Chapter 8: A First Attempt At Labor Cost Reductions

Carl Duisberg

In September 1916 - one month after consolidating I.G. - Carl Duisburg came up with yet another vision. He proposed that the war ministry "open up the Belgian labor basin." Apparently, sending all of German's best and brightest to the front lines had caused a labor shortage. Less than two months later, the German army began the forced deportation of Belgian workers to German factories. (29) IG indeed gave the Belgians "work rather than phrases" - and rather than wages and freedom, too.

The Belgian enslavement

The Belgian clergy and journalists filled the world's newspapers with the horrors of the enslavement. The US government sent their German counterparts a note about the forced labor, complaining of a "contravention of all precedents." The deported Belgians, now 40,000 strong, refused to work. Faced with worldwide condemnation, the German power structure abandoned their "free-labor" idea (30) at least until they could figure out a way to avoid worldwide condemnation.

Duisberg and fellow war-gas pioneer Fritz Haber both put on fake beards and hid in Switzerland after the war. (31) As it turns out, Duisberg's name never appeared on any list of war criminals - post-war anti-communist sentiments were strong enough to overshadow a serious look at capitalist war-crime sponsorship.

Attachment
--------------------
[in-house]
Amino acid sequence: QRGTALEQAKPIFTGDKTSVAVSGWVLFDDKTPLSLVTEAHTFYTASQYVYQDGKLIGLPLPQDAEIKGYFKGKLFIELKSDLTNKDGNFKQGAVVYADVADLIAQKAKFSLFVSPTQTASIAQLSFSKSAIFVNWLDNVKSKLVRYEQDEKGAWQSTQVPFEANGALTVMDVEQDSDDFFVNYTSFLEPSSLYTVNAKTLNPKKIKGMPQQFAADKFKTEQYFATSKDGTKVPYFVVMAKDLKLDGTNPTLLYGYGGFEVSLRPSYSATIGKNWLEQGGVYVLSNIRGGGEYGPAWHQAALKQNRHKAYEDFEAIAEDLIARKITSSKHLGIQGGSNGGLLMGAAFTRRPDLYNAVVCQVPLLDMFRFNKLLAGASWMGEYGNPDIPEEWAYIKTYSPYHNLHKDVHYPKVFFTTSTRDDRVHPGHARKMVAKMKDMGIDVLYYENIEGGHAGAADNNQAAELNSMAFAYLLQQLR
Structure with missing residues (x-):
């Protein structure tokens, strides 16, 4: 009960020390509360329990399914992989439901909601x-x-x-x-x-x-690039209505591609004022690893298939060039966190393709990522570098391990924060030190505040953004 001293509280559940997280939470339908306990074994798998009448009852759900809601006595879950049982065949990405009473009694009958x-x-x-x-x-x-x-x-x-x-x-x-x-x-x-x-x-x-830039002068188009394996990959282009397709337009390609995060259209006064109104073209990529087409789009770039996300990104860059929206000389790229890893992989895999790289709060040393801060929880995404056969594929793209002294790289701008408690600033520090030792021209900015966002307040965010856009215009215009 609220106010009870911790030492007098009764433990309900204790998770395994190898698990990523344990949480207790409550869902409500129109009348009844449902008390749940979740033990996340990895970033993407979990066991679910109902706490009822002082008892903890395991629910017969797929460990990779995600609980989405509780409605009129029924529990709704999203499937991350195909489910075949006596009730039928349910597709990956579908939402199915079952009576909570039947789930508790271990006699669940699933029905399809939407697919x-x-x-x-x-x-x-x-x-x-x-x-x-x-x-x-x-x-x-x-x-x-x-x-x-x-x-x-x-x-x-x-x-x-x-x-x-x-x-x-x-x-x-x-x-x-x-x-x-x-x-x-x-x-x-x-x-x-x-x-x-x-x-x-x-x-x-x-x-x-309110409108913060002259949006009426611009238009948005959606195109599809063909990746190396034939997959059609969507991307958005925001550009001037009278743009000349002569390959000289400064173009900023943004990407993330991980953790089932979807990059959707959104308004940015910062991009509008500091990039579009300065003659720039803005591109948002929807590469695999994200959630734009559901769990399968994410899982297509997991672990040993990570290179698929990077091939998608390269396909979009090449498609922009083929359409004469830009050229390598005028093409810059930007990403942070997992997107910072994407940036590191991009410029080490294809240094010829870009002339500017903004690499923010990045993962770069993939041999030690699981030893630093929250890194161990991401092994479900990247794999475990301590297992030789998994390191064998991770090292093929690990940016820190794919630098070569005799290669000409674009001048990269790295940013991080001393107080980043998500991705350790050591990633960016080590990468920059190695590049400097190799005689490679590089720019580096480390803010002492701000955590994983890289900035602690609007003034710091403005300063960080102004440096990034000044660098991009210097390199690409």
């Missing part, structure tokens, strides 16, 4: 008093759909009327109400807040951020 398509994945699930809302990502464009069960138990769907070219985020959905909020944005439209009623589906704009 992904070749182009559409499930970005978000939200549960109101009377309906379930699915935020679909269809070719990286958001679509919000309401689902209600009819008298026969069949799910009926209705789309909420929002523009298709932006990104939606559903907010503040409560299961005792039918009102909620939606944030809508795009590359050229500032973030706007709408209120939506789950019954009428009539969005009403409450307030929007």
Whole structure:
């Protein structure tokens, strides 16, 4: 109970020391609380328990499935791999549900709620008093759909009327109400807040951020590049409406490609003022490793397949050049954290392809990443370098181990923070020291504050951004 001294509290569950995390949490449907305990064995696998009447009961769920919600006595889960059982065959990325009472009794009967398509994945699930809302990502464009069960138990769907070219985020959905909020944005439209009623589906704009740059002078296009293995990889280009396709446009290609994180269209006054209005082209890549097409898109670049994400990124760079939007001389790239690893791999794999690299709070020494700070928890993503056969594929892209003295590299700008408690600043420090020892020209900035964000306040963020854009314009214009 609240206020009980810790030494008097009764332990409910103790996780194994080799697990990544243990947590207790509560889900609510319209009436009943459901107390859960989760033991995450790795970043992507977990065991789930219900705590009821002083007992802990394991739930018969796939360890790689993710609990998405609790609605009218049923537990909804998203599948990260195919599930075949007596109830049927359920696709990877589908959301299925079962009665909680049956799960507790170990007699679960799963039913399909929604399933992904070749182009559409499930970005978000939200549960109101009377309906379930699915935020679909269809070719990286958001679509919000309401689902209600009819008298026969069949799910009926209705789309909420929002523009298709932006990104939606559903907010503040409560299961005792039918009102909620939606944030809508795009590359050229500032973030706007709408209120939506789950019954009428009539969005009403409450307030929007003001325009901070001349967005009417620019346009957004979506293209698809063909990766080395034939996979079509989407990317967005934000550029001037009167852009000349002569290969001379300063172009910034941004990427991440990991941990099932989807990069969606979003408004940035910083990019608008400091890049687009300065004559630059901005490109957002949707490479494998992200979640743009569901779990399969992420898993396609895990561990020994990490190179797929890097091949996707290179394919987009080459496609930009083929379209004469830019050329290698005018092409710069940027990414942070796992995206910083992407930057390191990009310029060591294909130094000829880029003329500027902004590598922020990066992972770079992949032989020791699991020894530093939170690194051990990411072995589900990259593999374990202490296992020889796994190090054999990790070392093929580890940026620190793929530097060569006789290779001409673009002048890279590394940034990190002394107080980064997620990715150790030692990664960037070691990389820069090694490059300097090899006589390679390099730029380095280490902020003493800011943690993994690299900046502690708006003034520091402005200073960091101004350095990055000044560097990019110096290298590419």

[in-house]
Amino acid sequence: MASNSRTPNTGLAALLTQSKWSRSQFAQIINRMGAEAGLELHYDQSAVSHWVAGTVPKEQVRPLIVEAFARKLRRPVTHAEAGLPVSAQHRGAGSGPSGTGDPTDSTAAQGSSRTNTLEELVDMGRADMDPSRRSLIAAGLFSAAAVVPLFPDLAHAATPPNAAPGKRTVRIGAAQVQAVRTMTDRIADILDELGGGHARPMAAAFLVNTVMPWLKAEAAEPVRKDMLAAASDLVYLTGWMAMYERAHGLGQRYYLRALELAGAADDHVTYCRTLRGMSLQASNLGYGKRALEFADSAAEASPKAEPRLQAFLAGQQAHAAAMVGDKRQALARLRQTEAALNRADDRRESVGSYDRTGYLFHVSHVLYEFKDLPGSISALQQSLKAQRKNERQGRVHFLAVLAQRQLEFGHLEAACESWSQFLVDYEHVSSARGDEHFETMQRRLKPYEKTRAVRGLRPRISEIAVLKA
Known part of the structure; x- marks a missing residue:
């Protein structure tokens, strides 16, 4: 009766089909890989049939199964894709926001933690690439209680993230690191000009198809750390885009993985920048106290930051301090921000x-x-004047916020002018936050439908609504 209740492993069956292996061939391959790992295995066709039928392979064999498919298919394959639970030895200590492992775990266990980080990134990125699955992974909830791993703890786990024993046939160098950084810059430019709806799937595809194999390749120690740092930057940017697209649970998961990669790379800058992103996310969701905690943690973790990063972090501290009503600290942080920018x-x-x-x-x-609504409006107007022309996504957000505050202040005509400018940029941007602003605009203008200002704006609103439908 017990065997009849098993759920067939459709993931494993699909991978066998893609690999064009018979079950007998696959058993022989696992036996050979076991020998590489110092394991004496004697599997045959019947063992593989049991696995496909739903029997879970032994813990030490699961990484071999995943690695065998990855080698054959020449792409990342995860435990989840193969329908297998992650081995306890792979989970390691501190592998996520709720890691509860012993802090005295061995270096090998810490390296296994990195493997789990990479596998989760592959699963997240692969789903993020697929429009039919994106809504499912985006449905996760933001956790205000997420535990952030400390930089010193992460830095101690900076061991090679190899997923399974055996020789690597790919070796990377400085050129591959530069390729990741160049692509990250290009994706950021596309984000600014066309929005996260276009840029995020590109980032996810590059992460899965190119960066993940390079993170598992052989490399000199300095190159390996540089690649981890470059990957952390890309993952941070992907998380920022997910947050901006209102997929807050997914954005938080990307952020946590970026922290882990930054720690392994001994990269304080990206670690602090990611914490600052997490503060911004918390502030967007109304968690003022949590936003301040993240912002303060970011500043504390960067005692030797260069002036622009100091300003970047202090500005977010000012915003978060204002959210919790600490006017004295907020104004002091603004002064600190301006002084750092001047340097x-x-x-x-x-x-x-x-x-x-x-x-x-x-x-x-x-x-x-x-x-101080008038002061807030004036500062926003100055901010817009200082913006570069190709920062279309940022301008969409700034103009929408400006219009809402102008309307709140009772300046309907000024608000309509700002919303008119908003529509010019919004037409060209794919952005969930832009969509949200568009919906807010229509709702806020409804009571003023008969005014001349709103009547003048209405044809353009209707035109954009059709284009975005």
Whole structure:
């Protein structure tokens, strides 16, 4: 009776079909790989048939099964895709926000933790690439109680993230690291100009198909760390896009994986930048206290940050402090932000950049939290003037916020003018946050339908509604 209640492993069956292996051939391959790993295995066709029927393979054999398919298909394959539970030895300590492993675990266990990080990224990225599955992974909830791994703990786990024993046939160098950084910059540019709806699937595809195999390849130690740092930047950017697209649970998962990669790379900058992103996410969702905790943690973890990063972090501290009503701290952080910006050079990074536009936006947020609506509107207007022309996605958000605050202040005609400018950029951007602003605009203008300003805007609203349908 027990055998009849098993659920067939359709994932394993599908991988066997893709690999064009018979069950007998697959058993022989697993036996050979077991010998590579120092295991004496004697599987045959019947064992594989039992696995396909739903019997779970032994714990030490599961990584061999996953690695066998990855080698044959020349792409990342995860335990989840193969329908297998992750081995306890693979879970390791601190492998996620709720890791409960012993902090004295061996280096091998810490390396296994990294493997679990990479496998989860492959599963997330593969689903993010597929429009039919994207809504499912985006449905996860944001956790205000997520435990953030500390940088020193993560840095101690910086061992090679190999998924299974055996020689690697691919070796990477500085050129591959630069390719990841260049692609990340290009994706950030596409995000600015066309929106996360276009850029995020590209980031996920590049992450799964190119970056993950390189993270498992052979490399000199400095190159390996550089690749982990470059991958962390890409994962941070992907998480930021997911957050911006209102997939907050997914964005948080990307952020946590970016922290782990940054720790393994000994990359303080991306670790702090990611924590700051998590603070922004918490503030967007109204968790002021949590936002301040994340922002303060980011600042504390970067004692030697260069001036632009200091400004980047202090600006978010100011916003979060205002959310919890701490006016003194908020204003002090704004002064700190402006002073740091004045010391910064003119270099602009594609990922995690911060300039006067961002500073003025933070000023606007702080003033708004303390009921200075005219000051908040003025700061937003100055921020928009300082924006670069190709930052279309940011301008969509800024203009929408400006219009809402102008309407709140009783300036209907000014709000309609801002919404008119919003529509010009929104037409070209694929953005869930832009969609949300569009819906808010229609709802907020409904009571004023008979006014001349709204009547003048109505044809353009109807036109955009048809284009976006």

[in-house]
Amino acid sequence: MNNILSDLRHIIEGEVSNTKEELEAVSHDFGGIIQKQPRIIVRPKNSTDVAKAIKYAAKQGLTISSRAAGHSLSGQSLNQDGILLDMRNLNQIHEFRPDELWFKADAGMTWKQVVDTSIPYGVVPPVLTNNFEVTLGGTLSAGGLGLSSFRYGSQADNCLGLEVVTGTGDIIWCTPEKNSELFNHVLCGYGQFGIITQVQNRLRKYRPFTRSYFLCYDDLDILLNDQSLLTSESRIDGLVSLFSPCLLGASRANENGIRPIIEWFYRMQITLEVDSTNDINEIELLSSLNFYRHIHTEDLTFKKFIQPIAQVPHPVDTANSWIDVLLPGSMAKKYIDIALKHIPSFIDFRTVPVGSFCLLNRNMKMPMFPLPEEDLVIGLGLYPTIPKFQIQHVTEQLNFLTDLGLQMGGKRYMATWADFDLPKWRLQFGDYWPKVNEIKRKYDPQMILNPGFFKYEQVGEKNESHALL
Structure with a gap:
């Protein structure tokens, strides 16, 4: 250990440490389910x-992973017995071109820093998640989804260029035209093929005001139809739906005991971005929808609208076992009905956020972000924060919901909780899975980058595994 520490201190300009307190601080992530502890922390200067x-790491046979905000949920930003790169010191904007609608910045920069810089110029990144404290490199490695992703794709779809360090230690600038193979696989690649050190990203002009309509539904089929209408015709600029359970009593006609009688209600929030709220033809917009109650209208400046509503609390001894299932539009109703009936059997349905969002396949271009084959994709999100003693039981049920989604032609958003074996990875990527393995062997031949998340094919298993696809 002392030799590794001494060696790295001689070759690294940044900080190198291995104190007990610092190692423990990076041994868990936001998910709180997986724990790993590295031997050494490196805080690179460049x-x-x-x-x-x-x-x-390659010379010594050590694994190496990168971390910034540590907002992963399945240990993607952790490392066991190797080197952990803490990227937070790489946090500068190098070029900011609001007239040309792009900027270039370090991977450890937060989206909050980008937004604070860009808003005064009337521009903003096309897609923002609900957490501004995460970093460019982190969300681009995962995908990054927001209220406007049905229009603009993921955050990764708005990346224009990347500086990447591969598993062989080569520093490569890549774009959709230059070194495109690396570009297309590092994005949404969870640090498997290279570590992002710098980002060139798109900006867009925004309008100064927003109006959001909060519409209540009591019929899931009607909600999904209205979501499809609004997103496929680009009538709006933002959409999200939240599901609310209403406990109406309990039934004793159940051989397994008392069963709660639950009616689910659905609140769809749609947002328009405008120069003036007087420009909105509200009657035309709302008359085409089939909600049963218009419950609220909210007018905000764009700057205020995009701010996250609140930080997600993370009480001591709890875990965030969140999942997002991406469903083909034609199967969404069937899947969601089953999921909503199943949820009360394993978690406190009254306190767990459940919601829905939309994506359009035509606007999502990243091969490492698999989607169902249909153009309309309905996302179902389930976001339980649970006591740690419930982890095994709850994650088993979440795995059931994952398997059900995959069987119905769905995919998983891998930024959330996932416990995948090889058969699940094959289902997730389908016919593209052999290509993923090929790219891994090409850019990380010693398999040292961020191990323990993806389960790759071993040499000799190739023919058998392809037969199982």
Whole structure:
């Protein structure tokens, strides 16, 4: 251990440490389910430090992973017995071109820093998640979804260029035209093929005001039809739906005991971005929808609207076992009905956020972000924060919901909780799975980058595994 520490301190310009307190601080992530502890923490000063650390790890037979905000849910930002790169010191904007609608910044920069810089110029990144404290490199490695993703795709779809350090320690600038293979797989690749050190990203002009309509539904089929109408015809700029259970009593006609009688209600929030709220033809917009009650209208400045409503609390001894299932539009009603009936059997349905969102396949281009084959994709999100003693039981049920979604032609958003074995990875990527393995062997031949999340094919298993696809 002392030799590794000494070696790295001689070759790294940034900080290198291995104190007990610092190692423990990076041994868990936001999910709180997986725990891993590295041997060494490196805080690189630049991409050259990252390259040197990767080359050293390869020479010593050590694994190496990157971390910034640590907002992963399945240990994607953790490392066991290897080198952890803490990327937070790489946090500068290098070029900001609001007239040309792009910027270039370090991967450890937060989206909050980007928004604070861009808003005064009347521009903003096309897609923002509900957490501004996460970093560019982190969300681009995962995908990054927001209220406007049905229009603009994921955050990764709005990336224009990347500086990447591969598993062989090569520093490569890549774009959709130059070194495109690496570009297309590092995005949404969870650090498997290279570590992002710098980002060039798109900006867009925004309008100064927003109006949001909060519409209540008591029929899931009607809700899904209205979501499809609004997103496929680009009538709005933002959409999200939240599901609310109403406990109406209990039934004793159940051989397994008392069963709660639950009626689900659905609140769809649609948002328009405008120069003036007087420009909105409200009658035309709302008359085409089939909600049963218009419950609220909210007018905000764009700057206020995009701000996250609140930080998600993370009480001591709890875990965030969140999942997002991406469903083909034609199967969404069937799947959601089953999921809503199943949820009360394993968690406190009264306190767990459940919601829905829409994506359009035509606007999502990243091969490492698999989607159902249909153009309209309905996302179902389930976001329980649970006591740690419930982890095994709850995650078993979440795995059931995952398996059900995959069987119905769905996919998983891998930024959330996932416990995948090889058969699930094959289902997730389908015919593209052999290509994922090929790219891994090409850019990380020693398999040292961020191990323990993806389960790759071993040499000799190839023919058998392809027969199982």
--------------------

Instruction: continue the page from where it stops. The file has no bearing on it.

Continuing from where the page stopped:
On February 3rd, 1920, less than six months after receiving his Nobel Prize for Chemistry, Fritz Haber was charged with war crimes. The actual trials, taking place the next year, were a joke. No major criminals were tried, and Haber's name was dropped from the list before testimony began. During the WW2 Nuremberg war-crimes trials, defendant Albert Speer lamented that the failure of the war crimes trials in WW1 only encouraged the criminals to try again. (32)

Gold Medal honoring Carl Duisberg


(29) "The Crime and Punishment of IG Farben," p. 29

(30) ibid, pp. 29-30

(31) "A Higher Form of Killing," p. 32. See also "The Crime and Punishment of IG Farben," p.36

(32) "The Crime and Punishment of IG Farben," pp. 45-46

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